COLUMBIA, S.C. – South Carolina businesses that serve alcohol are now required to have liability insurance as part of a bill that went into effect Saturday and inspired by a Dillon police officer hit by a drunk driver.
The new law dubbed the Dram Shop Bill requires business owners who apply for or renew their liquor license and sell alcohol after 5 p.m. to carry a minimum $1 million liquor liability policy. It was set up to help victims who are wounded, paralyzed, or killed due to alcohol related crimes.
“This bill will quite literally be a lifesaver for many families. It will also protect business owners who serve alcohol by prohibiting hidden alcohol exclusions of insurance coverage in the fine print of their policies. South Carolina is better today because the legislature recognized that sound public policy is holding folks accountable for their actions,” said SCAJ President Alex Cash in a press release.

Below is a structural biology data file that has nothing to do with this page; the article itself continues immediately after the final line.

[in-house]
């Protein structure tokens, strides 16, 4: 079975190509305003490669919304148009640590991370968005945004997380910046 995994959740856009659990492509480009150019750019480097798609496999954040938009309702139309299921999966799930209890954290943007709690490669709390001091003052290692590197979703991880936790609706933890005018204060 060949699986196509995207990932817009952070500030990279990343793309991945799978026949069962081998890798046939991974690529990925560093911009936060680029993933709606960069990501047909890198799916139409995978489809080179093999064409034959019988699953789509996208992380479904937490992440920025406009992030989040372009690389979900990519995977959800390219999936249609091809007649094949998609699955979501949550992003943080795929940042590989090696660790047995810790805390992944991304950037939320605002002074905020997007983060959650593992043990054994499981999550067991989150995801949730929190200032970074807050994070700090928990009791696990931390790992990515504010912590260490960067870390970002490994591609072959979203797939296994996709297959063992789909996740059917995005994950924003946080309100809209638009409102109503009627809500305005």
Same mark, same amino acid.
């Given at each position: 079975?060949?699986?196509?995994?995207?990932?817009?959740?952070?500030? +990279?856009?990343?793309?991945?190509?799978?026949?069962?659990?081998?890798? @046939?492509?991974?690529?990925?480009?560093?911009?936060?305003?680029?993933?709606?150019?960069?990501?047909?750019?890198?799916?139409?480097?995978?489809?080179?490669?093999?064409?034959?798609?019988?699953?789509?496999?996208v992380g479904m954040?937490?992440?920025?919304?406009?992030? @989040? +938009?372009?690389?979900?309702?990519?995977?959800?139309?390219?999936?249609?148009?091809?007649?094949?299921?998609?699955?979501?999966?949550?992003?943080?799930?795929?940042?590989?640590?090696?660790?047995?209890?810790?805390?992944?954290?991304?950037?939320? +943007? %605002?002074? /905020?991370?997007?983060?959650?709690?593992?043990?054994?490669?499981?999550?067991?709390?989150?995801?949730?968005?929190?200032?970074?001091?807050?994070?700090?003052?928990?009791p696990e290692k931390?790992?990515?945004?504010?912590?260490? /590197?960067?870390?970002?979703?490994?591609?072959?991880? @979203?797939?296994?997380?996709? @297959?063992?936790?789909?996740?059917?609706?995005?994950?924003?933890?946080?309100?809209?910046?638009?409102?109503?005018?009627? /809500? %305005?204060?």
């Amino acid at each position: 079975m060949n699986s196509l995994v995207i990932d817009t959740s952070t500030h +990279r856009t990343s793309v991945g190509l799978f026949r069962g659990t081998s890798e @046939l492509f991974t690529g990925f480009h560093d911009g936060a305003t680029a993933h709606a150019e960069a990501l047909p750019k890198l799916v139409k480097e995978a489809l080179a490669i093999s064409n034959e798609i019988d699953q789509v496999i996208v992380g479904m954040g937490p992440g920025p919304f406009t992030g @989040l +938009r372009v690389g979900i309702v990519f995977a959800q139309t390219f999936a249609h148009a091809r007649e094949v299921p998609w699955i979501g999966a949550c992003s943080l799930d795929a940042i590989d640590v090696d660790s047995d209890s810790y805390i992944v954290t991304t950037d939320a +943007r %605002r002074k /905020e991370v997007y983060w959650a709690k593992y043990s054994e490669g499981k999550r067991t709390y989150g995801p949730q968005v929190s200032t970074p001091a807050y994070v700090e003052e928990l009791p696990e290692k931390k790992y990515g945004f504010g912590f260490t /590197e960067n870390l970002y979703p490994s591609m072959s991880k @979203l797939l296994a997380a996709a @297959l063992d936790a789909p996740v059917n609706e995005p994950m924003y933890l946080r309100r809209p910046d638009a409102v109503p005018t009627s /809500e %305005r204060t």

This law was originally inspired by the crash of Dillon police officer Jacob Richardson. On July 6, 2014, he was heading to a disturbance call at a bar. While on the way, Richardson was hit by a drunk driver who the bar over-served.
As a result, Richardson was paralyzed with permanent brain damage and one of the passengers in the car that hit him was killed.
The legislation garnered bipartisan support and was sponsored by Senators Rankin (R-Horry) and Malloy (D-Darlington) and Rep. Bill Herbkersman (R-Blufton), who filed the companion bill in the House.